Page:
Google to permit Real Money Gaming apps on its store

The move is expected to boost revenue for companies in the sector where 70% of the revenue is generated by Pay to Play platforms, according to Roland Landers, the CEO of All India Gaming Federation.

Google to permit Real Money Gaming apps on its store

Friday January 12, 2024,

2 min Read

Google on Thursday said it would allow more real-money gaming apps on its App Stores, including those titles not covered by an existing licensing framework.

"We’ll launch this expanded RMG support in June to developers for their users in India, Mexico, and Brazil, and plan to expand to users in more countries in the future," Karan Gambhir–Director, Global Trust and Safety Partnerships, said in a blogpost.

"With this policy update, we will also be evolving our service fee model for RMG to reflect the value Google Play provides and to help sustain the Android and Play ecosystems. We are working closely with developers to ensure our new approach reflects the unique economics and various developer earning models of this industry," he added.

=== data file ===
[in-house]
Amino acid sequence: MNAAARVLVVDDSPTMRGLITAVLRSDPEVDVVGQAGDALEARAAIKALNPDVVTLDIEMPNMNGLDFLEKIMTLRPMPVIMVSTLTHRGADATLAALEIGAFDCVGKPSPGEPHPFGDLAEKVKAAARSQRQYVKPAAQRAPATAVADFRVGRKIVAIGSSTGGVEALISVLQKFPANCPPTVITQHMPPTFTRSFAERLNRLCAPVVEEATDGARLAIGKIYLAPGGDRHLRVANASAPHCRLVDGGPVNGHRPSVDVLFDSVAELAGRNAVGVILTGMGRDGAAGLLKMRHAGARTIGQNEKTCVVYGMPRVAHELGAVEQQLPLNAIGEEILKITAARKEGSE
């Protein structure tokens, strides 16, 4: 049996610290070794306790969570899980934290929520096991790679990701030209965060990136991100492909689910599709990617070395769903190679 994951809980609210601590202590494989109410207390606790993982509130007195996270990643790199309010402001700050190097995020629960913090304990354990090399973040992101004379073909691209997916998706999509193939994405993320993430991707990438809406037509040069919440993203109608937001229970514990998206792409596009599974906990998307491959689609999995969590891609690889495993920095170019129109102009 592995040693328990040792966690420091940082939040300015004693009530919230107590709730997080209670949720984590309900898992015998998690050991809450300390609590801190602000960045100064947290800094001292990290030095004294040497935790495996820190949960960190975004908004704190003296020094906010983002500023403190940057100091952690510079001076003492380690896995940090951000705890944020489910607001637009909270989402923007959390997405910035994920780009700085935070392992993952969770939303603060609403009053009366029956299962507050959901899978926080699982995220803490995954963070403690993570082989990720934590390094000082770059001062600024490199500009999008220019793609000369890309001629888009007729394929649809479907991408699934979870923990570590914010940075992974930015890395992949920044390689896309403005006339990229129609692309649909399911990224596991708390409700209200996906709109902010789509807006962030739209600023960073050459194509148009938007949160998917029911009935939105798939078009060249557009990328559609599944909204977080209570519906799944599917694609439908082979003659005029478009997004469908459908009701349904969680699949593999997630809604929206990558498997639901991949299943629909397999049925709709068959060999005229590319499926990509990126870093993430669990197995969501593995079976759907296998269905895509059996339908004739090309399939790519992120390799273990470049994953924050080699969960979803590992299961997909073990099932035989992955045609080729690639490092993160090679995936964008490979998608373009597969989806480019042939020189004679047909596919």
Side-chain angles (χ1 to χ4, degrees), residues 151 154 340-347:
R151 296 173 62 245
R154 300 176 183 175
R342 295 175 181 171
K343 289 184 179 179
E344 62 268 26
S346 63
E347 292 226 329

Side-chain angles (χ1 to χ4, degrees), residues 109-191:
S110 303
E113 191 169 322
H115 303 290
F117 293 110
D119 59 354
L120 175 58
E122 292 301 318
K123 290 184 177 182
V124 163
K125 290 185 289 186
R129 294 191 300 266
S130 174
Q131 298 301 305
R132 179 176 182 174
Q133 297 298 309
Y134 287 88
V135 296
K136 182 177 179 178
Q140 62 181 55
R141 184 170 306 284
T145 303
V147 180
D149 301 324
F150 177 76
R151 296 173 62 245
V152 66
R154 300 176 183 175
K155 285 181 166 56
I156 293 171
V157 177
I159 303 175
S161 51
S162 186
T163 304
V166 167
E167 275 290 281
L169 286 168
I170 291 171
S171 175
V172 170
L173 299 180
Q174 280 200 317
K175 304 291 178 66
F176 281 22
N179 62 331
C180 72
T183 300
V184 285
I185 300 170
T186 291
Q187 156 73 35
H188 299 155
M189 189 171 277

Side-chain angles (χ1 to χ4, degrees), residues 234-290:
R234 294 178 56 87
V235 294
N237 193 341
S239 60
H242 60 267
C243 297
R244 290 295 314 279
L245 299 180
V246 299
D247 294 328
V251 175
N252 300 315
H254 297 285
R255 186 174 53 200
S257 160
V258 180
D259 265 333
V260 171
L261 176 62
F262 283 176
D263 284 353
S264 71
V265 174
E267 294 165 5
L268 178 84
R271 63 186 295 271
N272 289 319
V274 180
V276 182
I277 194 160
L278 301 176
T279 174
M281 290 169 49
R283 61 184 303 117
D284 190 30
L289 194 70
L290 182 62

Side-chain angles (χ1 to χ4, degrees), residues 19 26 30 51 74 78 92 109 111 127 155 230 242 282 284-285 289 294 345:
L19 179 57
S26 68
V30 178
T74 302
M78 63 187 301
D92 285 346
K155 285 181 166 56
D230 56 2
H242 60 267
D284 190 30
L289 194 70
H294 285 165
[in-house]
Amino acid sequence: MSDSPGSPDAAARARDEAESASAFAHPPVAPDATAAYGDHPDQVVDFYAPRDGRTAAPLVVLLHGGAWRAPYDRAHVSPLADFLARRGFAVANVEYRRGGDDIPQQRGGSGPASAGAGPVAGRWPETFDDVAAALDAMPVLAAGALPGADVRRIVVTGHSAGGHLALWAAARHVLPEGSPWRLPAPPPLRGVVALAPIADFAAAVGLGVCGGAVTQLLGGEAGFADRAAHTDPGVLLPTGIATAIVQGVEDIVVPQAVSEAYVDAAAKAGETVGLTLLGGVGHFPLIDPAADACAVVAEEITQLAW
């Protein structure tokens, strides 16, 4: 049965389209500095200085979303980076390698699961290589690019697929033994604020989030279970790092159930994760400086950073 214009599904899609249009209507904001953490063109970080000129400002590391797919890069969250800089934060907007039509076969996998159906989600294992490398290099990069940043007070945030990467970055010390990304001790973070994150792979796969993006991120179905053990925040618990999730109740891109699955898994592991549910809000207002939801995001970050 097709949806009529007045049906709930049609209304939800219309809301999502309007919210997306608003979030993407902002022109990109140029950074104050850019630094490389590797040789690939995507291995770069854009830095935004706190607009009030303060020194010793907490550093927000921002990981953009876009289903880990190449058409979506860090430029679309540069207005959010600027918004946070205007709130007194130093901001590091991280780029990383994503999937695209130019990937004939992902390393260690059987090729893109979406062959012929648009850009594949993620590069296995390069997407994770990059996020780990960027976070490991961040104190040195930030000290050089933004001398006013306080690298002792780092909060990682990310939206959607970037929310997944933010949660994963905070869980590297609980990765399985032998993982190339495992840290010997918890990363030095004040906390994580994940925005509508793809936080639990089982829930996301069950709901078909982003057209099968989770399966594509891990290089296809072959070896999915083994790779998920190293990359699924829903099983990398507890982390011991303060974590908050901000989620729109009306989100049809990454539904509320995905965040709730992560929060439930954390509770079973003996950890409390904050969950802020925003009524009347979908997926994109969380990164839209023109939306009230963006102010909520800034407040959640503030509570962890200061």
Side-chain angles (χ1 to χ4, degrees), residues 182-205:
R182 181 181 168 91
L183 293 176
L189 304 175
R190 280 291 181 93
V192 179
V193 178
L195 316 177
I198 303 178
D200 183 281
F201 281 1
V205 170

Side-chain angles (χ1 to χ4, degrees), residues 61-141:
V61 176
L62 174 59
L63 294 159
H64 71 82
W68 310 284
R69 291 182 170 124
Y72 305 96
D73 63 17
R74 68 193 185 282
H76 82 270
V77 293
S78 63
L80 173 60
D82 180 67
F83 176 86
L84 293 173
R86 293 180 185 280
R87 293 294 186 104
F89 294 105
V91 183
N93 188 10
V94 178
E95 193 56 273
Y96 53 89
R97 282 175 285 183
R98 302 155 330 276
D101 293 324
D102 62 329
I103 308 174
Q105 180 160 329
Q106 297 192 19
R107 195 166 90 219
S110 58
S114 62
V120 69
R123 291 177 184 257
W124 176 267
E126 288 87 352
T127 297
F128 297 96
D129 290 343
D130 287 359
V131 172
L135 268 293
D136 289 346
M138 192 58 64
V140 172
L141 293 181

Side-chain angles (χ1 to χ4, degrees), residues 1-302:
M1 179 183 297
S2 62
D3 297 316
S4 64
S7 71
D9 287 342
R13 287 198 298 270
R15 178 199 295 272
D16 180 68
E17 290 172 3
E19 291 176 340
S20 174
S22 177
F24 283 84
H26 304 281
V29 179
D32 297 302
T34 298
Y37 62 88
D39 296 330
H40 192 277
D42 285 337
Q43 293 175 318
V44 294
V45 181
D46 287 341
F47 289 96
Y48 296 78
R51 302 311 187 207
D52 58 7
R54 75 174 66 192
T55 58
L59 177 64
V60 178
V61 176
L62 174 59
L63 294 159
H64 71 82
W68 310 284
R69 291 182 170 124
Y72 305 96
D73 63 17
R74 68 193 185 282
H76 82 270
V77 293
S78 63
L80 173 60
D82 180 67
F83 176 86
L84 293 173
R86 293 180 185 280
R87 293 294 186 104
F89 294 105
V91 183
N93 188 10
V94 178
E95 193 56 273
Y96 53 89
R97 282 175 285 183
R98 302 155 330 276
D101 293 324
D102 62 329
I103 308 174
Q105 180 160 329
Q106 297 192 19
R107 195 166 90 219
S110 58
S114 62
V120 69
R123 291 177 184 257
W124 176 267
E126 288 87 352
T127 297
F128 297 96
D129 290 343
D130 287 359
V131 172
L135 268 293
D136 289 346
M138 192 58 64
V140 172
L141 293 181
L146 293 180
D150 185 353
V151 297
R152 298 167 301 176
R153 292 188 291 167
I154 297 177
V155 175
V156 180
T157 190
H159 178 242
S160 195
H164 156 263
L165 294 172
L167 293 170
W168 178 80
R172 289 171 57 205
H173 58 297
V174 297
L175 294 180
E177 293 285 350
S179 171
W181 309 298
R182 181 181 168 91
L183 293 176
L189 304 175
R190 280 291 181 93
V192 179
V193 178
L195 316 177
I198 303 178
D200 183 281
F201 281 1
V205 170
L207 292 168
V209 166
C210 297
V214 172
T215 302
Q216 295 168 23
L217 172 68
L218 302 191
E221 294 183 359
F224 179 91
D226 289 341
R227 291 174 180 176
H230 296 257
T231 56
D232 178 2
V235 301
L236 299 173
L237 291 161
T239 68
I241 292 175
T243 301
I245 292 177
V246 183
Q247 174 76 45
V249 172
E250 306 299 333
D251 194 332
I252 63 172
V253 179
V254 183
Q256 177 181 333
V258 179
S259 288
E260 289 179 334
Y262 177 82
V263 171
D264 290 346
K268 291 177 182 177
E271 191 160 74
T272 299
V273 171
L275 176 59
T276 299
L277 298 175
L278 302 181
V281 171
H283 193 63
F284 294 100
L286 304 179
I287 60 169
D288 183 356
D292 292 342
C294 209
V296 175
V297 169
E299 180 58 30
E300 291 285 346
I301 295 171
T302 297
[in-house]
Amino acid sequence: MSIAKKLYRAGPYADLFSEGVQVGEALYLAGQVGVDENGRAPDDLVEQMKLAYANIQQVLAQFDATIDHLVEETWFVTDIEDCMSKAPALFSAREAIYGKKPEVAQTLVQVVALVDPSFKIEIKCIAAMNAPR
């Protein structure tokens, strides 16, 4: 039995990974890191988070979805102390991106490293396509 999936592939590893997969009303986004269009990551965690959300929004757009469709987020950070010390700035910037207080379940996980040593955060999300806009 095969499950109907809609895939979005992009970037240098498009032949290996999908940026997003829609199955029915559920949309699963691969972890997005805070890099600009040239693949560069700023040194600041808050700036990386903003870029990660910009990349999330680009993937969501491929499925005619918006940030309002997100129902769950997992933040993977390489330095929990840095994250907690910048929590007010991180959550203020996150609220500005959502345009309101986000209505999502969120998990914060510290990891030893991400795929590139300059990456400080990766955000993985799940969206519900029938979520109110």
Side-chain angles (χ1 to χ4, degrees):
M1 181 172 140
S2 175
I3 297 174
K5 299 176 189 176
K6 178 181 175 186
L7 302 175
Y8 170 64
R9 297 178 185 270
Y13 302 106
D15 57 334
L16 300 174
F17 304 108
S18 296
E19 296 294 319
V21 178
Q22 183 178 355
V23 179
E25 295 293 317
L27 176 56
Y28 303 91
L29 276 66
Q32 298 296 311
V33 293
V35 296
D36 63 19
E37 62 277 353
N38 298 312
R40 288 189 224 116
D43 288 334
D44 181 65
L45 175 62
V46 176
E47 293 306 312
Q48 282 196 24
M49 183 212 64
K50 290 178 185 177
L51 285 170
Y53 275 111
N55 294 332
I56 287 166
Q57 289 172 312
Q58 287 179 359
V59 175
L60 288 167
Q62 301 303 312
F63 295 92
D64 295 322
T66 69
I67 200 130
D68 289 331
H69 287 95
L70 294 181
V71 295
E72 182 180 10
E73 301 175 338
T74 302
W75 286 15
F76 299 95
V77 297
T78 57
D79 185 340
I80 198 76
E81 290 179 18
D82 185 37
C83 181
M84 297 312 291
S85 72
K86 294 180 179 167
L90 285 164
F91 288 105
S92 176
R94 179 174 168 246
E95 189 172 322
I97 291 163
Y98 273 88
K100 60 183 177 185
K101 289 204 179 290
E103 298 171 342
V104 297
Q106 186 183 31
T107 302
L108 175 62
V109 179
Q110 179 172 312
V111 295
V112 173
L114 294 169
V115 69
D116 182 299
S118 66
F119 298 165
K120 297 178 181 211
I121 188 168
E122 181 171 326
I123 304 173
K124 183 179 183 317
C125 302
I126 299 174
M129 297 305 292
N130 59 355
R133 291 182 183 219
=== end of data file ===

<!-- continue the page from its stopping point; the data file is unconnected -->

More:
Google will extend the grace period for RMG apps already on the app store till June 30, after which the new policy will kick in, Gambhir added. Since September 2022, Google has run an application-only pilot programme to enable the distribution of DFS (Daily Fantasy Sports) and Rummy game apps developed by game developers from India. The pilot was scheduled to end on January 15 but has now been extended.

According to Roland Landers, the CEO of All India Gaming Federation, the move is expected to boost revenue for companies in the sector where 70% of the revenue is generated by Pay to Play platforms.

"We welcome this progressive decision by Google to allow all Pay to Play skill games on the Play Store. We have been advocating the same for and believe that this will give a big boost to the Indian online gaming industry," Landers said in a statement.

Most gaming companies were expecting to adapt to the new GST regulations this year.

The regulation—which stipulates that companies now have to pay a 28% tax on player deposits—was largely detrimental to gaming companies last year, with some players having to resort to layoffs to absorb the blow.


Edited by Affirunisa Kankudti

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